Marleau bill would enable Michigan to enter health care compact, protect health system

LANSING—State Sen. Jim Marleau introduced legislation on Thursday that would help protect the state’s health care system by enabling Michigan, not the federal government, to control how the state spends money on health care.

Senate Bill 973 would allow Michigan to enter into an interstate Health Care Compact (HCC), which would return control of health care to the states in the compact.

“Michigan must manage its own health care dollars. We cannot be burdened by intrusive bureaucracy and regulation from the federal government,” said Marleau, R-Lake Orion. “By rejecting the ‘one size fits all’ approach for federal health care reform and letting states decide how to best serve their residents, the compact will allow for a more efficient and effective system.”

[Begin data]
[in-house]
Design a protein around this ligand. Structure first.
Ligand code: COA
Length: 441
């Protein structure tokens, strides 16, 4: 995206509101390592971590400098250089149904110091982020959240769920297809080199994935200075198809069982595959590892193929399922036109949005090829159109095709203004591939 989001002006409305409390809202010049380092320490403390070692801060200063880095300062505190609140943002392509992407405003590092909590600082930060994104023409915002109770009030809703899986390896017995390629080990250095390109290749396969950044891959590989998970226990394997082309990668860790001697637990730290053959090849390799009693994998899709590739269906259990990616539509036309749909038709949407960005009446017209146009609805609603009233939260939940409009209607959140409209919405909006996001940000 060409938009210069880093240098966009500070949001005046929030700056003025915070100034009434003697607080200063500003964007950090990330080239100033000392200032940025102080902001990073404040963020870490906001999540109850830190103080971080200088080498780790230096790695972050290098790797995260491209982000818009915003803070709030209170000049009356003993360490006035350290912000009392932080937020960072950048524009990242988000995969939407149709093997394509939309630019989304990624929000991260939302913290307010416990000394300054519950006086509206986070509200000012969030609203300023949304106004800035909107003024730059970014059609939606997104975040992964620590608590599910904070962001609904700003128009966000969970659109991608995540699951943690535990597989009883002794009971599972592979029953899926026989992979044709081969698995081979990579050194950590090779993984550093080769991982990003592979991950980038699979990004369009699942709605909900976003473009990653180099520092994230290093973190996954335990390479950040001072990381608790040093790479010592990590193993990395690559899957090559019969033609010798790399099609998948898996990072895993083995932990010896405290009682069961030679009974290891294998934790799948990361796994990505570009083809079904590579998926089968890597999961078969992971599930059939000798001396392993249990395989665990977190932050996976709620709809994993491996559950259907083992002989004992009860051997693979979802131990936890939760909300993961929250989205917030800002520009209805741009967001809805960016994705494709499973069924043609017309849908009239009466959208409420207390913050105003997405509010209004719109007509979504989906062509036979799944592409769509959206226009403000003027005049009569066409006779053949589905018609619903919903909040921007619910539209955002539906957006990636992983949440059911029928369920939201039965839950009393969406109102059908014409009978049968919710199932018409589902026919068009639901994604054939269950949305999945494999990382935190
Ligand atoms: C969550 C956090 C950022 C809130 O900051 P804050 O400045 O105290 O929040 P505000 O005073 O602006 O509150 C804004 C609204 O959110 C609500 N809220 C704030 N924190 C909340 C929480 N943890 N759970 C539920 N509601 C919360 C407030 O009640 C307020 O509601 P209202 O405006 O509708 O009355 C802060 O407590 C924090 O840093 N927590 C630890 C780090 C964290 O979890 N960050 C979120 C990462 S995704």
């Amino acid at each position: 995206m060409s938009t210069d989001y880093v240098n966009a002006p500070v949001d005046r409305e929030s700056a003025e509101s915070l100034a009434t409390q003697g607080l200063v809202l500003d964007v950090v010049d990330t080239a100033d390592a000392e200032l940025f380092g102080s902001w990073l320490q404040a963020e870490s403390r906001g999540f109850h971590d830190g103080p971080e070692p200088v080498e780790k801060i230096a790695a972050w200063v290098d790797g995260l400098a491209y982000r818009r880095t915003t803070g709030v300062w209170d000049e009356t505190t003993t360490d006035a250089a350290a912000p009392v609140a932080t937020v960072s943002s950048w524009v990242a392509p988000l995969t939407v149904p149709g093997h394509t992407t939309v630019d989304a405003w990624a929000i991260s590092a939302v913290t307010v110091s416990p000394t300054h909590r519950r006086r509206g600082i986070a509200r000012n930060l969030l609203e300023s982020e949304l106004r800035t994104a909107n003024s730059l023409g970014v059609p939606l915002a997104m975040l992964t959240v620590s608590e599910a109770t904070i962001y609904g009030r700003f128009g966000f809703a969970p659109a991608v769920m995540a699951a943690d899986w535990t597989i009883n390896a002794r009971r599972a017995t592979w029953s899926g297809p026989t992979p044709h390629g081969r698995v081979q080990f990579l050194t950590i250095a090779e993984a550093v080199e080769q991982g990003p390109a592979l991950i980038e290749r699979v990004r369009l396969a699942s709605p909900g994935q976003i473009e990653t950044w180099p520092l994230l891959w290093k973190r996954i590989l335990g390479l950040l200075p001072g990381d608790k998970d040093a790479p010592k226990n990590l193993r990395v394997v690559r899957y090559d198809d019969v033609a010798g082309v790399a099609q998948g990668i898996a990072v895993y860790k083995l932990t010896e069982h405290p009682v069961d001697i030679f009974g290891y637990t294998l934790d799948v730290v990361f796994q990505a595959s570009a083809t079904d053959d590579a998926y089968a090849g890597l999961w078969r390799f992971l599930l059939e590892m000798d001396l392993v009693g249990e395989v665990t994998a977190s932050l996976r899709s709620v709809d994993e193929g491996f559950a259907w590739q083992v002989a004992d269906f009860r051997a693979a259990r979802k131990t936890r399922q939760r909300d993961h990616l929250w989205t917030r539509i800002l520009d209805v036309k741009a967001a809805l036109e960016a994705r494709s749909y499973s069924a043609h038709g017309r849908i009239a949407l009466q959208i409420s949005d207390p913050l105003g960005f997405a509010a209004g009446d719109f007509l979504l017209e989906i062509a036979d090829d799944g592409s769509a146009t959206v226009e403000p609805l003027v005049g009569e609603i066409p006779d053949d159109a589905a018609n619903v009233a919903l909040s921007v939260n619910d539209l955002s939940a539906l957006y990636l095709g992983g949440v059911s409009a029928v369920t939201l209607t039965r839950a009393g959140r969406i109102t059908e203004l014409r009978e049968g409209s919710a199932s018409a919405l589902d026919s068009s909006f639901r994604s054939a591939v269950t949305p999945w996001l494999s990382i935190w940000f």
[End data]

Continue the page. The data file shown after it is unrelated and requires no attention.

The HCC would be an agreement between two or more member states to restore to those states the responsibility and authority over their health care programs. The compact, which would require U.S. congressional approval, would allow a member state to suspend operation of any federal laws, rules and regulations that are inconsistent with the laws and regulations of that state.

Sen. Goeff Hansen is a co-sponsor of SB 973 and sponsor of Senate Resolution 120, which expresses support to the U.S. Congress for the Health Care Compact.

“Michigan should have a say on how funds are spent on health care in the state, not the federal government,” said Hansen, R-Hart. “This vital measure will ensure that our health care system is protected. I fully support this bill along with my resolution and encourage my colleagues to act quickly.”

Marleau said his measure would not include health care programs for veterans and Native Americans, which would remain with the federal government.

SB 973 has been referred to the Senate Committee on Health Policy.